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The legislative programme for the 1999-2000 parliamentary session, to be unveiled in the Queen's Speech on Wednesda...
The legislative programme for the 1999-2000 parliamentary session, to be unveiled in the Queen's Speech on Wednesday, according to The Sunday Telegraph (p4), comprises:

Transport Bill including the setting up of the strategic rail authority, the controversial privatisation of the National Air Traffic Service, and introducing congestion charges and road pricing;

Local Government Bill allowing councils to switch to cabinet-style leadership and elected mayors;

Social Services Bill setting up an independent inspectorate for children's and old people's homes;

Countryside Bill giving walkers a statutory right to roam and setting up local access forums;

Education Bill reforming further and higher education;

Race Relations Bill updating the existing Act so that the police and other public servants are covered by the legislation;

Criminal Justice Bill introducing mandatory drug testing of people under arrest, plus reform of the probation service;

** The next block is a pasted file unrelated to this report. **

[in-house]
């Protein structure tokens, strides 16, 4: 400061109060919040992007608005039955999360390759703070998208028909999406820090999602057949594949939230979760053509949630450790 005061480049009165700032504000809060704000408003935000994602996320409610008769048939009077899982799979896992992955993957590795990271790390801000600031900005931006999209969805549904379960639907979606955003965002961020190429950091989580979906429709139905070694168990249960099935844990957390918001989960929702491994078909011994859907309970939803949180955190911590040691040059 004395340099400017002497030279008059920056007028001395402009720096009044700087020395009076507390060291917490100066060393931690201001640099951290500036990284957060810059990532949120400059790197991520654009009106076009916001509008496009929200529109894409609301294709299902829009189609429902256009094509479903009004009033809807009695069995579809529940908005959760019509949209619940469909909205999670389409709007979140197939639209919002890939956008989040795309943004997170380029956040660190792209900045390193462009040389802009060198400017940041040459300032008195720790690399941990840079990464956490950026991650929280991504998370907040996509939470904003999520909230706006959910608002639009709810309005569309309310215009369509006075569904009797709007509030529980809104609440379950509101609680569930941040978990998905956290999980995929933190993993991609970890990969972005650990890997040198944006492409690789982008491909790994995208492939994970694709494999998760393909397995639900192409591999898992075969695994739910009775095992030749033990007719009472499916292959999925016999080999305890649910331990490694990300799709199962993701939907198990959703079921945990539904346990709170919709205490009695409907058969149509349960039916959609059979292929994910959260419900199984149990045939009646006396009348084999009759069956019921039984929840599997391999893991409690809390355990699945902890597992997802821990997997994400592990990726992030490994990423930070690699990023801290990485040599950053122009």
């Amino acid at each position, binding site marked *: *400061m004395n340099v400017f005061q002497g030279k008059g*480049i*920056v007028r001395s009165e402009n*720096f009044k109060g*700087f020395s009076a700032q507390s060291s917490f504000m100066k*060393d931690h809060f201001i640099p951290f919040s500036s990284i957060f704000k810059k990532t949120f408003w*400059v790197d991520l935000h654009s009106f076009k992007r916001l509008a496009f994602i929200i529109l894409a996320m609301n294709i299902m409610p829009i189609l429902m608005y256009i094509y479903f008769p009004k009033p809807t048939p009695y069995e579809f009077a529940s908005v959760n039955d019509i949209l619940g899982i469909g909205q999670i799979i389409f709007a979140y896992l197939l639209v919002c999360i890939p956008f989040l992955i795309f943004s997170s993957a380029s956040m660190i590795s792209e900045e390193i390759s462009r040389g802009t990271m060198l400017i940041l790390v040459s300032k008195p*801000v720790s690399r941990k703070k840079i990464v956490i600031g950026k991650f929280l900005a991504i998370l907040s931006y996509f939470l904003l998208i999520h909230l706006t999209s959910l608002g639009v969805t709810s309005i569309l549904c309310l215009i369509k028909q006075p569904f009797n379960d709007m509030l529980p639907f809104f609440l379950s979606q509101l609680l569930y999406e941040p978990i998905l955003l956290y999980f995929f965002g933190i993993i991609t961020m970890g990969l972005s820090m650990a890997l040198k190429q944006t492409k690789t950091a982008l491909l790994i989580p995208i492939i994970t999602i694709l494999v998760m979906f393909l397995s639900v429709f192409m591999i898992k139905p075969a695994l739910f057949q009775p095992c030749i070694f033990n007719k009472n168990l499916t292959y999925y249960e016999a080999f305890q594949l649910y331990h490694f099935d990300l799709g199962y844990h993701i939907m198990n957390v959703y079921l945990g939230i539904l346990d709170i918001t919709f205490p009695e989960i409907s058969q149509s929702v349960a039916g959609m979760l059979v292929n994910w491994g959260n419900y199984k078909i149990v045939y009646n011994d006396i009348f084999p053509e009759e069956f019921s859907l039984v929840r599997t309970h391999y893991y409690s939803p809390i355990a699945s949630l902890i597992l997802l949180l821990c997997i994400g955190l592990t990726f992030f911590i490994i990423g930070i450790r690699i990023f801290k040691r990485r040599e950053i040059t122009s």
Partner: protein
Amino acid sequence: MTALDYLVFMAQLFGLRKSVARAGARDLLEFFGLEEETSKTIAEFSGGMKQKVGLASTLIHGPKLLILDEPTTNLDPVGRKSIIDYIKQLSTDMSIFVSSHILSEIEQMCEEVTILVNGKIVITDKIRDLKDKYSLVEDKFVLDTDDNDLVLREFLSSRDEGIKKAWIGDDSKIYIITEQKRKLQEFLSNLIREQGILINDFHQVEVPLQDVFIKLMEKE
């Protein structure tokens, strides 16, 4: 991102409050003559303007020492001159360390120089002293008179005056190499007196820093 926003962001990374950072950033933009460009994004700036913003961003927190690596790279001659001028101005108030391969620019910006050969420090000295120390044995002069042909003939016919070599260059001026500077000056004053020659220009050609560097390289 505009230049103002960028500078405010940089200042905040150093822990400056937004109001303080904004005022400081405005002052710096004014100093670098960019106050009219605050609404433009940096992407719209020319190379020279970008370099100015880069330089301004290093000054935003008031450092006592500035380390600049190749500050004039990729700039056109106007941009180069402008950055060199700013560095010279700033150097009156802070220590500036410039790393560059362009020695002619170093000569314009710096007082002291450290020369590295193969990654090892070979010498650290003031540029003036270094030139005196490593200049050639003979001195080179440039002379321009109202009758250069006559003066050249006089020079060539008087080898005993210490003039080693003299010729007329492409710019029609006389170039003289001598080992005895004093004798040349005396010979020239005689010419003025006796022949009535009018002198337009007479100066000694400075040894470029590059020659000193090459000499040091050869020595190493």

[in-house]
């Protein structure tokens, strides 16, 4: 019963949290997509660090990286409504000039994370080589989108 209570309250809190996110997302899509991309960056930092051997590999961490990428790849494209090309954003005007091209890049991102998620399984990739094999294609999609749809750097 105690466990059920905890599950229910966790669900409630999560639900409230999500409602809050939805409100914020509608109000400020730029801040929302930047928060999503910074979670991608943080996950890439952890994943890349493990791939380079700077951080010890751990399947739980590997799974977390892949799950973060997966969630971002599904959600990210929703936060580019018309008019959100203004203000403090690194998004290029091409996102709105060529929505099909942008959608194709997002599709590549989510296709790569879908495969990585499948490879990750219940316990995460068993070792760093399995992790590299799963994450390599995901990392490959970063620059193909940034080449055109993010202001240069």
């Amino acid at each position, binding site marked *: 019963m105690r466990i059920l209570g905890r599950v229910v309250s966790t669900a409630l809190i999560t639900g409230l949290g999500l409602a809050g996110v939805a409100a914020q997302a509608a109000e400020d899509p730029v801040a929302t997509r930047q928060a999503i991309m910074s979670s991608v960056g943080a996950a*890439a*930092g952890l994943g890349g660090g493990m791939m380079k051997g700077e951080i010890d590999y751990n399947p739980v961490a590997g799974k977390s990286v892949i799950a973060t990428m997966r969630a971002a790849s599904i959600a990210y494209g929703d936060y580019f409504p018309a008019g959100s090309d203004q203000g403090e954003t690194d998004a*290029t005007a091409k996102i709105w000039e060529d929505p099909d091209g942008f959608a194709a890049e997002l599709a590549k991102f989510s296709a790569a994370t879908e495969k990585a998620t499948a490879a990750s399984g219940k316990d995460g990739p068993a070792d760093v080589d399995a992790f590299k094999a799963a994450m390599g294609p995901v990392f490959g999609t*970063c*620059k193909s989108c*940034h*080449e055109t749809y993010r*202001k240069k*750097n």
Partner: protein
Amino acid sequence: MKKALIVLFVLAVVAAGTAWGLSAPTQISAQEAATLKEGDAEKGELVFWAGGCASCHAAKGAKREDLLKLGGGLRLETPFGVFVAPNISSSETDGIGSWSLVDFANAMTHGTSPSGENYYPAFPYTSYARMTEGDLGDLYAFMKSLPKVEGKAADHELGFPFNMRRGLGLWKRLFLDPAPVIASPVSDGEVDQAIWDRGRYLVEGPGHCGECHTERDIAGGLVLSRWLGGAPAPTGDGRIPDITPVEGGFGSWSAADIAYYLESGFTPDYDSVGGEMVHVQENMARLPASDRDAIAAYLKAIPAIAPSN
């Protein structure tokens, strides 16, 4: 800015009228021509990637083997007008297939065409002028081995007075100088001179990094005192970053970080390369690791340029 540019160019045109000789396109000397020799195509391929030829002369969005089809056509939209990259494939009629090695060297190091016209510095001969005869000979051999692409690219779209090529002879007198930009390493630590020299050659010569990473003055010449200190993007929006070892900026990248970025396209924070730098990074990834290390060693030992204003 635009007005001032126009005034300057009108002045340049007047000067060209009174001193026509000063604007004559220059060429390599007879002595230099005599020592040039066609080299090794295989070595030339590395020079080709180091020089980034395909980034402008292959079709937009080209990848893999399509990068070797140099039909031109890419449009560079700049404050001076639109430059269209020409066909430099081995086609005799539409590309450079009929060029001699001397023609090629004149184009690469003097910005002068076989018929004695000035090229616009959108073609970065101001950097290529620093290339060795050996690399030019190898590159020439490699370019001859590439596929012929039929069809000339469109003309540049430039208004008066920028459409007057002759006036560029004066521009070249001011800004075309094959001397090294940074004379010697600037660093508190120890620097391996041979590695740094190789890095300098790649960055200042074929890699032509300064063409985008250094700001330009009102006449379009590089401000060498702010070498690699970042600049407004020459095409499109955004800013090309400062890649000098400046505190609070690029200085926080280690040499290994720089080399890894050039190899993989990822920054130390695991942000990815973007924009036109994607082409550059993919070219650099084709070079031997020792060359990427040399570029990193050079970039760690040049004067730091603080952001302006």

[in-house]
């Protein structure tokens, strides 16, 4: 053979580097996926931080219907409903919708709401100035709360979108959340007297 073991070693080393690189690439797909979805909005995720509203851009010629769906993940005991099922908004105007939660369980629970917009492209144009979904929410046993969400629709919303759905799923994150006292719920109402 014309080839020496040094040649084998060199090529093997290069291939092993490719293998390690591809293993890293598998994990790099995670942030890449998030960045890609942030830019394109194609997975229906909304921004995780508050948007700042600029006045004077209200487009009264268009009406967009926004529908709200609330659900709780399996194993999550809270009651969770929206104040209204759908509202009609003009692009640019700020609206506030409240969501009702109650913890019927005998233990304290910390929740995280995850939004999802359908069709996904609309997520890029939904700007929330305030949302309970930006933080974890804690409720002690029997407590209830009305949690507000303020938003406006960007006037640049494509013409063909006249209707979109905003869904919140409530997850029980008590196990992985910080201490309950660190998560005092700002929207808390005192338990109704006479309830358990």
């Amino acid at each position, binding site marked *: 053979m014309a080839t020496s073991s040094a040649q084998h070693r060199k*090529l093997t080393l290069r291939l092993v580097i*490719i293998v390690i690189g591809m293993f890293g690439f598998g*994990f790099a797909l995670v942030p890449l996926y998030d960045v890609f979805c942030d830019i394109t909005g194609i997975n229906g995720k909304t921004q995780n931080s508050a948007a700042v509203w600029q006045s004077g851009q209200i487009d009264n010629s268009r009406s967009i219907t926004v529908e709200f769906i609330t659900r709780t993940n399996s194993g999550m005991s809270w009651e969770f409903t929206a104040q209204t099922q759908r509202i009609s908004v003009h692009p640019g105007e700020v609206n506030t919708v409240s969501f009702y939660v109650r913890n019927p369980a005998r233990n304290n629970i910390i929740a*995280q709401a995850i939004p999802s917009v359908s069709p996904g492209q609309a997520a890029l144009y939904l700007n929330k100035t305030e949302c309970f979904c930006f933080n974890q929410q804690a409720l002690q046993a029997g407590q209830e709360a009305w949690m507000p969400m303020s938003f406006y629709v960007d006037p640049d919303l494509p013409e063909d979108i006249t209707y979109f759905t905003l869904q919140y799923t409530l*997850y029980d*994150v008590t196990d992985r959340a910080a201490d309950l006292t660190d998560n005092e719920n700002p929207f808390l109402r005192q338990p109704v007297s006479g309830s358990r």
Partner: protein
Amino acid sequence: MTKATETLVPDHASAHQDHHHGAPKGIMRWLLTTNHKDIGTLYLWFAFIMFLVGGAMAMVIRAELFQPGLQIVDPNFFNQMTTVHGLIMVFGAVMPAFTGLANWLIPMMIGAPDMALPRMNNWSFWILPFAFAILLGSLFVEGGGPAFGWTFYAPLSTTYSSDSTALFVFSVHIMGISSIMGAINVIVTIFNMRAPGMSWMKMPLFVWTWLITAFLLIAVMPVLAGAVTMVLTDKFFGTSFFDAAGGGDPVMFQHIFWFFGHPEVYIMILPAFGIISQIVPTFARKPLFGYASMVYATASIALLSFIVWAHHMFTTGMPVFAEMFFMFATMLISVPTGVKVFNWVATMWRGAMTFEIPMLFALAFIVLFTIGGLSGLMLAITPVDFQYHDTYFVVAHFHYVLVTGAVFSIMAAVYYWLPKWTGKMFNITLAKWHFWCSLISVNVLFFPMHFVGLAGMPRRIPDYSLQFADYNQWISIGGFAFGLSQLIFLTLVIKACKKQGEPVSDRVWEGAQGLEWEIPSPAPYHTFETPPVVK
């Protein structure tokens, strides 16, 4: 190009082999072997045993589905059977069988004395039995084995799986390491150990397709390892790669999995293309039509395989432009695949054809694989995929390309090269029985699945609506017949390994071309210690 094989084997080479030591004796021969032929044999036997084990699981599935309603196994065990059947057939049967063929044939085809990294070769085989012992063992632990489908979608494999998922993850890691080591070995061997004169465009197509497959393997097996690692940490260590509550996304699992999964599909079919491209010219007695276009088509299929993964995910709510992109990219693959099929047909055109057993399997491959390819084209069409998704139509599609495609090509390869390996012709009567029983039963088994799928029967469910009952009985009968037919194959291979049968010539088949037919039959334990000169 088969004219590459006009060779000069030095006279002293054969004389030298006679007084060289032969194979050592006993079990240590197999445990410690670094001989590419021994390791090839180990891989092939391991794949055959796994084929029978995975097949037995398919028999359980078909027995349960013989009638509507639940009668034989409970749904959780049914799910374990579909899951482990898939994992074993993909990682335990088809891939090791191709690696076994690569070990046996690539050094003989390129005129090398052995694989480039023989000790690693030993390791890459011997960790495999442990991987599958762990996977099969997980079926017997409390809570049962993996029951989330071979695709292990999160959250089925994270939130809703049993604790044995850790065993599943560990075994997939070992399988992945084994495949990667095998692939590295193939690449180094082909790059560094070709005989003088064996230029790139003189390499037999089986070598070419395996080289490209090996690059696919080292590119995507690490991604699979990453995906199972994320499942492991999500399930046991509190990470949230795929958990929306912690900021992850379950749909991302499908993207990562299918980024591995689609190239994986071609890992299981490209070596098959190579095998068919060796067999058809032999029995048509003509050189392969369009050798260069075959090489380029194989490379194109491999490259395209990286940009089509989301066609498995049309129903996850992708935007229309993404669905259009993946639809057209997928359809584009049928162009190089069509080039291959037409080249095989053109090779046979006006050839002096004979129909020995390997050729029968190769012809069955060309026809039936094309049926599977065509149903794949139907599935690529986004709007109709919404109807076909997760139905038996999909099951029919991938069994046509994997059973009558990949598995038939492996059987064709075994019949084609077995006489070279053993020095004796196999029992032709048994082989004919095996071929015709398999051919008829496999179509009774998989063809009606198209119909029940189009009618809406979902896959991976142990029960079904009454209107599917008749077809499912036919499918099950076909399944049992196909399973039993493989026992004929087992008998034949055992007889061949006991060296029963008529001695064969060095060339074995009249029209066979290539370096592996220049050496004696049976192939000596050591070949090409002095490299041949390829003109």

Party Funding Bill banning overseas donations, naming donors of gifts over£5,000 and capping of election spending;

Sexual Offences Bill lowering the homosexual ageof consent to 16;

Welfare Bill reforming the Child Support Agency, including new flat-rate payments and introducing pensions changes;

Freedom of Information Bill aimed at extending the public's rights to know;

Deregulation Bill is Cabinet Office legislation designed to reduce red tape;

Post Office Bill changing the service to a state-owned plc will be one of five Bills from the Department of Trade and Industry.

The others are: Electronic Commerce Bill securing internet transactions; Utilities Bill, strengthening regulation of the privatised industries; Insolvency Bill making it easier for bankrupts to get back into business, and a Bill to make it easier for accountants and solicitors to form limited liability partnerships; and

Financial Services and Markets Bill, already published in draft form.

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